So where does that leave us. The Patriots best hope for a win at 3-0 Cincinnati is that the Bengals are emotionally drained by last week's division game against the Steelers. Cincy has surrendered some sacks and their run defense is suspect, but their offense gives the Patriots fits and their defense will have an easy day unless the Pats offense can turn it around. The other thing to remember is that rarely does a Belichick-coached team lose two in a row. Doesn't that give you hope? Yeah, me neither.

Weekly Water-cooler Wisdom: "If things go according to form, the entire AFC East could be 2-2 by next Sunday. The 2-1 Pats and Jets have tough games against Cincy and Indianapolis, the 1-2 Dolphins have an easy game at Houston, and the 1-2 Bills have a home game against a dome team, Minnesota."

(Try to) Keep the faith,

- Scott

PS. Sorry this was late; I was sick on Monday.

PPS. 2-1!

Tuesday, September 19, 2006

Patriots 24, Jets 17 (9/17/2006)

Well, I hope you've been good boys and girls while I was gone. The Patriots sure were, pulling out wins the first two weeks to lead their division at the crucially important one-eighth-of-the-season point. Sunday's scintillating and then nerve-wracking 24-17 win over the Jets came courtesy of early defensive domination and late defensive incompetence -- sprinkled with a nice ground game and a sporadic passing attack.

You've got to give the team credit; they saw what happened last year when Tom Brady led the league in passing -- an early playoff exit. So they drafted Laurence Maroney and made sure Corey Dillon got healthy, and it's working out perfectly. Dillon (153 yards) and Maroney (151) are #14 and #16 in the NFL in rushing yards, respectively, and that puts *both* of them on pace to exceed 1,200 yards for the season.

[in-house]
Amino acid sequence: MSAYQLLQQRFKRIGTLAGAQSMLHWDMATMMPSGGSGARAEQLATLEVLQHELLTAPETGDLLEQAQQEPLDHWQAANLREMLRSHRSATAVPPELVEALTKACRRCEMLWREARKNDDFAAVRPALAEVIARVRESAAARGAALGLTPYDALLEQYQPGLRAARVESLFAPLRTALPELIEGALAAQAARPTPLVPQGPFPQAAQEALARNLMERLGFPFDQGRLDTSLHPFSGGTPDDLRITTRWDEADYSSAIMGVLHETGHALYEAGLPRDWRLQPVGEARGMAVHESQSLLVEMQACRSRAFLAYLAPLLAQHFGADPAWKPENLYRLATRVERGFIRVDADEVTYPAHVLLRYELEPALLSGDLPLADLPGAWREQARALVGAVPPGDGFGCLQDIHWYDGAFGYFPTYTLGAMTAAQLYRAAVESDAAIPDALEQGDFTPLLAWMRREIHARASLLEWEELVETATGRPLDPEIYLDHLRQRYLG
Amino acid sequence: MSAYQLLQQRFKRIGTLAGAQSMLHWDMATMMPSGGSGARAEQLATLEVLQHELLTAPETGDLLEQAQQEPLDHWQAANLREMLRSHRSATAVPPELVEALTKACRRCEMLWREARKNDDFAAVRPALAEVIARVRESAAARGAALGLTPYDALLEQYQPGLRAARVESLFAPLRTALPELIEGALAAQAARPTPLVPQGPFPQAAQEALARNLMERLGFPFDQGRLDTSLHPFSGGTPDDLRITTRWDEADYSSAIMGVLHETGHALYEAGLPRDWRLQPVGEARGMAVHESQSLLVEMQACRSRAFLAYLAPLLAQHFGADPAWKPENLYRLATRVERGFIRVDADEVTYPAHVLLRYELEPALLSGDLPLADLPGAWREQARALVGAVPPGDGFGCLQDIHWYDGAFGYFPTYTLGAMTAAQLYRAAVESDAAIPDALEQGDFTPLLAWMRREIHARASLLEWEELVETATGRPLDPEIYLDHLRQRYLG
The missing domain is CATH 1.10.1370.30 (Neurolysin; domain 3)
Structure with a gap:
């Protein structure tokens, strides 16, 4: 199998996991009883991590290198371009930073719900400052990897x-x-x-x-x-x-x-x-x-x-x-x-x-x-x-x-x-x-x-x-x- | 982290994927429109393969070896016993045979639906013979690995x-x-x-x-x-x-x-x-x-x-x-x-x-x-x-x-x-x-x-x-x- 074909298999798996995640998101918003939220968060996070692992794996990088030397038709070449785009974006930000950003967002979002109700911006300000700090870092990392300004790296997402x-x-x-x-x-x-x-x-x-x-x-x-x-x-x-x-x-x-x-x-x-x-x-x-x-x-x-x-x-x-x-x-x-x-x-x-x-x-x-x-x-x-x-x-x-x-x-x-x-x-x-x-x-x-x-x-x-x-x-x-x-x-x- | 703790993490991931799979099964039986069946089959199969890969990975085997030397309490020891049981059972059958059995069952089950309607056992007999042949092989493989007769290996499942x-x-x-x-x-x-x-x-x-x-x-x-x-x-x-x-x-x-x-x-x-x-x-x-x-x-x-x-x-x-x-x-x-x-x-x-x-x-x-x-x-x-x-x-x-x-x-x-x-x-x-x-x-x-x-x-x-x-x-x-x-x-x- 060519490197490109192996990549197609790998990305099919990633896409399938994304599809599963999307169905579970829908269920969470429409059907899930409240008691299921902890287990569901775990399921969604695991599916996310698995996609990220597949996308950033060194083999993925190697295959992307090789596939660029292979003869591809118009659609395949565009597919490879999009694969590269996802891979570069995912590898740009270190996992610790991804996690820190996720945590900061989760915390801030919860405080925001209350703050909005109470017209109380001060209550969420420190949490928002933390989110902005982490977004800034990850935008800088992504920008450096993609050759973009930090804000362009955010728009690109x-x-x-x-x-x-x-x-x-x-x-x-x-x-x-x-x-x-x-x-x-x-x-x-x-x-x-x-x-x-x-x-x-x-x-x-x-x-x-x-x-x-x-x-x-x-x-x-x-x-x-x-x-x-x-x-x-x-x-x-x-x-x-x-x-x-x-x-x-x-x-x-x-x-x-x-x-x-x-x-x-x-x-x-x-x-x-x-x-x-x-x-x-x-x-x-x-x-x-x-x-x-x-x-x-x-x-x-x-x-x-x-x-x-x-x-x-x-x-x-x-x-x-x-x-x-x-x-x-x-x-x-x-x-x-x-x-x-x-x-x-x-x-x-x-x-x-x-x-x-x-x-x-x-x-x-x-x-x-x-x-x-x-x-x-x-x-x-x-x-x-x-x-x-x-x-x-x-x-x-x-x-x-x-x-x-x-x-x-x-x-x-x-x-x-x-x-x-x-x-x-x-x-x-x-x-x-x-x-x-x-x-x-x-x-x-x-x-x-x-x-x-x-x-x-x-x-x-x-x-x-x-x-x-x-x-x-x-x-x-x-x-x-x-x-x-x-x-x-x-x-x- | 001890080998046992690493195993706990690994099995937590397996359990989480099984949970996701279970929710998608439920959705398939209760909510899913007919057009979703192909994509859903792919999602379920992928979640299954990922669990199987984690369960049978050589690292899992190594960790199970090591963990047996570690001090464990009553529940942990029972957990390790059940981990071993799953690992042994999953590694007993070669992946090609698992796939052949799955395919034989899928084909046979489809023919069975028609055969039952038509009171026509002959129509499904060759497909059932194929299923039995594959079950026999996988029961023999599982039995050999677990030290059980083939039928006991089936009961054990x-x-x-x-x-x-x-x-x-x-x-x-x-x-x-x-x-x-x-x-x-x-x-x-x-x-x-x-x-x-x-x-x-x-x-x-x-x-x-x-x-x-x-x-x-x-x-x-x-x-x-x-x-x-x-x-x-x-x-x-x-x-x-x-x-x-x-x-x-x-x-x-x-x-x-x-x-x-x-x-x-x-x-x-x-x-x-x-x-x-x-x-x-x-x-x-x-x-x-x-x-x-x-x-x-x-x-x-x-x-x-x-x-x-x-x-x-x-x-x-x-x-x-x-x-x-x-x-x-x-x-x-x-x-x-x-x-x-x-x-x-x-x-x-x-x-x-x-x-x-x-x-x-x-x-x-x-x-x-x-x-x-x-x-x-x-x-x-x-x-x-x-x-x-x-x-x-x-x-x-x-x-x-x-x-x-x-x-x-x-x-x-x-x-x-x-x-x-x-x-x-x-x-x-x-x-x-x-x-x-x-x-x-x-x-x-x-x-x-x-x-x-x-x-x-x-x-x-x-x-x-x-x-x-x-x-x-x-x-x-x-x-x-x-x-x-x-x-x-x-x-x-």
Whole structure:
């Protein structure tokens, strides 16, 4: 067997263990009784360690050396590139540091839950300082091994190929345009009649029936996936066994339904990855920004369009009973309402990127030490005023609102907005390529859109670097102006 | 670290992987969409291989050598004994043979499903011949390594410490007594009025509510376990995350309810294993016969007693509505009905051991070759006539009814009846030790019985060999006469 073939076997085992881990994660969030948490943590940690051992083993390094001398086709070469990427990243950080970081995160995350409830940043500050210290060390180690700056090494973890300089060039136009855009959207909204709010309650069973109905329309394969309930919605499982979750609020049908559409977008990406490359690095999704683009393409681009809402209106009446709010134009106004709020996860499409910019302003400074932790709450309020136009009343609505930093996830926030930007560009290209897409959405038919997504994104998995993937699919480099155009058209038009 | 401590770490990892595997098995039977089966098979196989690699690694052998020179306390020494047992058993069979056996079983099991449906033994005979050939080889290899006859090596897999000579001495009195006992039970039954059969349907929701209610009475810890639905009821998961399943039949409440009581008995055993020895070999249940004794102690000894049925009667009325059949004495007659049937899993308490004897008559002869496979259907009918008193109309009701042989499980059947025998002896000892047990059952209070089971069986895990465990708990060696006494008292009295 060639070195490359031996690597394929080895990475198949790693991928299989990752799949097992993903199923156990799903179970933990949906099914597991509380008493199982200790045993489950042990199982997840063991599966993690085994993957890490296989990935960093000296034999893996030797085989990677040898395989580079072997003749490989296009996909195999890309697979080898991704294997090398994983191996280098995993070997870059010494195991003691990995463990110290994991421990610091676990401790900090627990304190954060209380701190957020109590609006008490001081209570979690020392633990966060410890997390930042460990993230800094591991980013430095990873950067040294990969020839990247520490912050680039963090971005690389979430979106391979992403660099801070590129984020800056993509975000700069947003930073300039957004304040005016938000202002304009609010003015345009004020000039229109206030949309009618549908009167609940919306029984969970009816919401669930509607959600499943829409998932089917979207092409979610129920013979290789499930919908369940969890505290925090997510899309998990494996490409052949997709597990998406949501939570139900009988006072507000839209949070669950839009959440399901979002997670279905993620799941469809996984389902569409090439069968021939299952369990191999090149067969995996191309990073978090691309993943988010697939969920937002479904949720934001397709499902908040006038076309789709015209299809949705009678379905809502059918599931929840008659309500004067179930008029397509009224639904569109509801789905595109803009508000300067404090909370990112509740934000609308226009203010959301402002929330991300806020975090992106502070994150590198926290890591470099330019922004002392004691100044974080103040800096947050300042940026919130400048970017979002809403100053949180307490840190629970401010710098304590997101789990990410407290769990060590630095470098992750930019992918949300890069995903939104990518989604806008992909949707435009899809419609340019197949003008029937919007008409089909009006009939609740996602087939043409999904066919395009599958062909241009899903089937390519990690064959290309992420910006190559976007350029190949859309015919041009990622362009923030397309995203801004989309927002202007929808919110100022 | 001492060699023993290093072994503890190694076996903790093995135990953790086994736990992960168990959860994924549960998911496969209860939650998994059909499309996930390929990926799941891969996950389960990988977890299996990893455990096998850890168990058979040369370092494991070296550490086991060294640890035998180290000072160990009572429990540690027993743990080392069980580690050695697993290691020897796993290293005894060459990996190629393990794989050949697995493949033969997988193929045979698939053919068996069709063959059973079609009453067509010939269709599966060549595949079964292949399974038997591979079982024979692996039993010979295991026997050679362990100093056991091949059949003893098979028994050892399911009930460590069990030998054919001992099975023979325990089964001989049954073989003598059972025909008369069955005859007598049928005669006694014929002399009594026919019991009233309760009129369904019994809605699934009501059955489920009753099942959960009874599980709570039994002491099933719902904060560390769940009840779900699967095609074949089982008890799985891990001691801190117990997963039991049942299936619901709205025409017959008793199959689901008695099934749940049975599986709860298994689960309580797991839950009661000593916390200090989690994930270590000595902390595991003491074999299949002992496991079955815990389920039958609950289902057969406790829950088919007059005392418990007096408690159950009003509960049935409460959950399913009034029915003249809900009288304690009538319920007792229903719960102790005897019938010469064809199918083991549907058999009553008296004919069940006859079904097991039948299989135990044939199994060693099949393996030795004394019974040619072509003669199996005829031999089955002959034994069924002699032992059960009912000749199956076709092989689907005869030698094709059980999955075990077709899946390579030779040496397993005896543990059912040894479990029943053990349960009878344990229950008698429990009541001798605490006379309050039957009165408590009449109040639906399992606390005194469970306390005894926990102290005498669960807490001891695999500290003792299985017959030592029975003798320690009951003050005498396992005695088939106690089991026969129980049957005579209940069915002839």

The offensive line blew away the Jets defense most of the day, and surprisingly, they ran to the right behind rookie Ryan O'Callahan just as often as to the left behind veteran Matt Light. The line gave up only one sack and only a few pressures, and the holes were gaping early on and still big enough when the Jets knew the Pats were going to run late in the game.

It was nice to see some new receivers get started, but Doug Gabriel needs to either make a catch (he dropped two catchable balls) or knock down a potential interception (which he didn't on Brady's only pick). Rookie Chad Jackson had a touchdown grab and not a whole lot else. Brady himself needs to improve a bit. He floated a few early passes and on a few third downs he forced passes to his more familiar targets -- even when they were well covered. And on his INT, I think he was expecting Deion Branch to jump higher than the defenders and make the play. Take note, Tom: Deion is gone, time for him to be forgotten.

On defense, the Pats line dominated like I've rarely seen. They went with a 4-3 alignment and overpowered the Jets offense all day. Richard Seymour was his usual monstrous self, Vince Wilfork was rarely controlled by New York, and Ty Warren is becoming a real force. Jarvis Green even got into the act; and all that superb line play made it easy for the linebackers.

Tedy Bruschi was back (and even had a late interception), and he played well. Junior Seau improved from the Bills game, and apparently, he's doing more film study than anyone else on the team. Pretty obvious he wants to win a championship and retire on top. Mike Vrabel had an up-and-down game, blitzing himself out of a few plays and slamming right into the heart of a few others.

But when it comes to inconsistent play, no one topped the Patriots secondary on this day. As a unit, they held the Jets to 97 net passing yards through 38 minutes, only to give up two times that in the final 22 minutes. The coverage was okay, they simply forgot how to tackle, with Eugene Wilson suffering the ultimate indignity when he missed the tackle twice on the same play (a 46 yard touchdown by Laveranues Coles). Rest assured that Belichick will hammer the fundamentals all week.

Special teams were also up-and-down, with a decided advantage in punting and punt returns, a slight deficit in kickoffs, and a blocked field goal that would have sealed the game. A bit more work, to be sure, but I think Brad Seeley's up to it.

Note #1: for the record, the Patriots could have won both of these games much more handily. They had the ball in prime scoring position at the end of each game, but played clock management to seal the wins. The passing game is a work in progress, but the running game is third best in the league.